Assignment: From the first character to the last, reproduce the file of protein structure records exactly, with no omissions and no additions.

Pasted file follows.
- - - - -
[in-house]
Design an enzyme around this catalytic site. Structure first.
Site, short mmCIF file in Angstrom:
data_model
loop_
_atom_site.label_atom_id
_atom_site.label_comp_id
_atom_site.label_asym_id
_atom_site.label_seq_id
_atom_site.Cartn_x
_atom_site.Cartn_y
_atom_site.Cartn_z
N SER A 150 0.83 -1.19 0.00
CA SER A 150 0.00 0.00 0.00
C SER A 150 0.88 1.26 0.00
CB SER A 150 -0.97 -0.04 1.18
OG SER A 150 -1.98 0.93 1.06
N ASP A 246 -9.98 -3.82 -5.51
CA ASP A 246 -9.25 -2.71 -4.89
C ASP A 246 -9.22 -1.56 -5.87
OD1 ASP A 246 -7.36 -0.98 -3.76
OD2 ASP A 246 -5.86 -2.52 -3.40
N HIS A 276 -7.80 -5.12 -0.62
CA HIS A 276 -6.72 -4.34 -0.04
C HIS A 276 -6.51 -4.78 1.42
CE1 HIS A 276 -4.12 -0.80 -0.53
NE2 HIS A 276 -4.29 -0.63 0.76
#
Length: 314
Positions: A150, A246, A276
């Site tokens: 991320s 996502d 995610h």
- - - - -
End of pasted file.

[in-house]
Design an enzyme around this catalytic site. Structure first.
Site, short mmCIF file in Angstrom:
data_model
loop_
_atom_site.label_atom_id
_atom_site.label_comp_id
_atom_site.label_asym_id
_atom_site.label_seq_id
_atom_site.Cartn_x
_atom_site.Cartn_y
_atom_site.Cartn_z
N SER A 150 0.83 -1.19 0.00
CA SER A 150 0.00 0.00 0.00
C SER A 150 0.88 1.26 0.00
CB SER A 150 -0.97 -0.04 1.18
OG SER A 150 -1.98 0.93 1.06
N ASP A 246 -9.98 -3.82 -5.51
CA ASP A 246 -9.25 -2.71 -4.89
C ASP A 246 -9.22 -1.56 -5.87
OD1 ASP A 246 -7.36 -0.98 -3.76
OD2 ASP A 246 -5.86 -2.52 -3.40
N HIS A 276 -7.80 -5.12 -0.62
CA HIS A 276 -6.72 -4.34 -0.04
C HIS A 276 -6.51 -4.78 1.42
CE1 HIS A 276 -4.12 -0.80 -0.53
NE2 HIS A 276 -4.29 -0.63 0.76
#
Length: 314
Positions: A150, A246, A276
């Site tokens: 991320s 996502d 995610h």